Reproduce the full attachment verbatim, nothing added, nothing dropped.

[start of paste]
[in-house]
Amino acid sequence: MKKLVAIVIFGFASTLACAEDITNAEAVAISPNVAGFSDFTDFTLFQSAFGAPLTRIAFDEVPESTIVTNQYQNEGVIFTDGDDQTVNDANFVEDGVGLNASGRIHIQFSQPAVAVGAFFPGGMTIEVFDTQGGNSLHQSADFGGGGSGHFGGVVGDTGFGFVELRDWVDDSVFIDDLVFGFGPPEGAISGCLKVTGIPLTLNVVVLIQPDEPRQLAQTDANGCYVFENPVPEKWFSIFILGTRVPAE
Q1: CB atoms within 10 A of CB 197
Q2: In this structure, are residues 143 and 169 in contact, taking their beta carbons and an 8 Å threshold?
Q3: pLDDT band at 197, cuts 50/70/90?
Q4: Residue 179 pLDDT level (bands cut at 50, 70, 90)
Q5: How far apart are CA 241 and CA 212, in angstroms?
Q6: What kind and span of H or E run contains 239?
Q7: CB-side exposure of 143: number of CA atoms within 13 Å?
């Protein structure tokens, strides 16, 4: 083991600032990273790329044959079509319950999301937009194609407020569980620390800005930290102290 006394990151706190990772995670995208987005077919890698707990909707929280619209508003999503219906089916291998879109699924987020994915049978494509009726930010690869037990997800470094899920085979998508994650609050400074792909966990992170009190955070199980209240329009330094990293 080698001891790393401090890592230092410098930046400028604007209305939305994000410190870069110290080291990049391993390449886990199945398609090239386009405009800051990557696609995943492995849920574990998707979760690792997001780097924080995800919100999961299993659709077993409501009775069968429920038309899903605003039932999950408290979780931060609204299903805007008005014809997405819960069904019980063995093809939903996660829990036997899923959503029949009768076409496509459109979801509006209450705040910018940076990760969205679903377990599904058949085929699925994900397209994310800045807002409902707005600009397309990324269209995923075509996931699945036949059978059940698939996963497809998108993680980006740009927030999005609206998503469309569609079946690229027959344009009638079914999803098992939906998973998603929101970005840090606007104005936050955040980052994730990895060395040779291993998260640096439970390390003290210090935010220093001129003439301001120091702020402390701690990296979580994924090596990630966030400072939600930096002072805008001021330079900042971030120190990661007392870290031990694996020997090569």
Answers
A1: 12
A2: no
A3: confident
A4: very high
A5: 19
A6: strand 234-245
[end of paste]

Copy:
[in-house]
Amino acid sequence: MKKLVAIVIFGFASTLACAEDITNAEAVAISPNVAGFSDFTDFTLFQSAFGAPLTRIAFDEVPESTIVTNQYQNEGVIFTDGDDQTVNDANFVEDGVGLNASGRIHIQFSQPAVAVGAFFPGGMTIEVFDTQGGNSLHQSADFGGGGSGHFGGVVGDTGFGFVELRDWVDDSVFIDDLVFGFGPPEGAISGCLKVTGIPLTLNVVVLIQPDEPRQLAQTDANGCYVFENPVPEKWFSIFILGTRVPAE
Q1: CB atoms within 10 A of CB 197
Q2: In this structure, are residues 143 and 169 in contact, taking their beta carbons and an 8 Å threshold?
Q3: pLDDT band at 197, cuts 50/70/90?
Q4: Residue 179 pLDDT level (bands cut at 50, 70, 90)
Q5: How far apart are CA 241 and CA 212, in angstroms?
Q6: What kind and span of H or E run contains 239?
Q7: CB-side exposure of 143: number of CA atoms within 13 Å?
């Protein structure tokens, strides 16, 4: 083991600032990273790329044959079509319950999301937009194609407020569980620390800005930290102290 006394990151706190990772995670995208987005077919890698707990909707929280619209508003999503219906089916291998879109699924987020994915049978494509009726930010690869037990997800470094899920085979998508994650609050400074792909966990992170009190955070199980209240329009330094990293 080698001891790393401090890592230092410098930046400028604007209305939305994000410190870069110290080291990049391993390449886990199945398609090239386009405009800051990557696609995943492995849920574990998707979760690792997001780097924080995800919100999961299993659709077993409501009775069968429920038309899903605003039932999950408290979780931060609204299903805007008005014809997405819960069904019980063995093809939903996660829990036997899923959503029949009768076409496509459109979801509006209450705040910018940076990760969205679903377990599904058949085929699925994900397209994310800045807002409902707005600009397309990324269209995923075509996931699945036949059978059940698939996963497809998108993680980006740009927030999005609206998503469309569609079946690229027959344009009638079914999803098992939906998973998603929101970005840090606007104005936050955040980052994730990895060395040779291993998260640096439970390390003290210090935010220093001129003439301001120091702020402390701690990296979580994924090596990630966030400072939600930096002072805008001021330079900042971030120190990661007392870290031990694996020997090569």
Answers
A1: 12
A2: no
A3: confident
A4: very high
A5: 19
A6: strand 234-245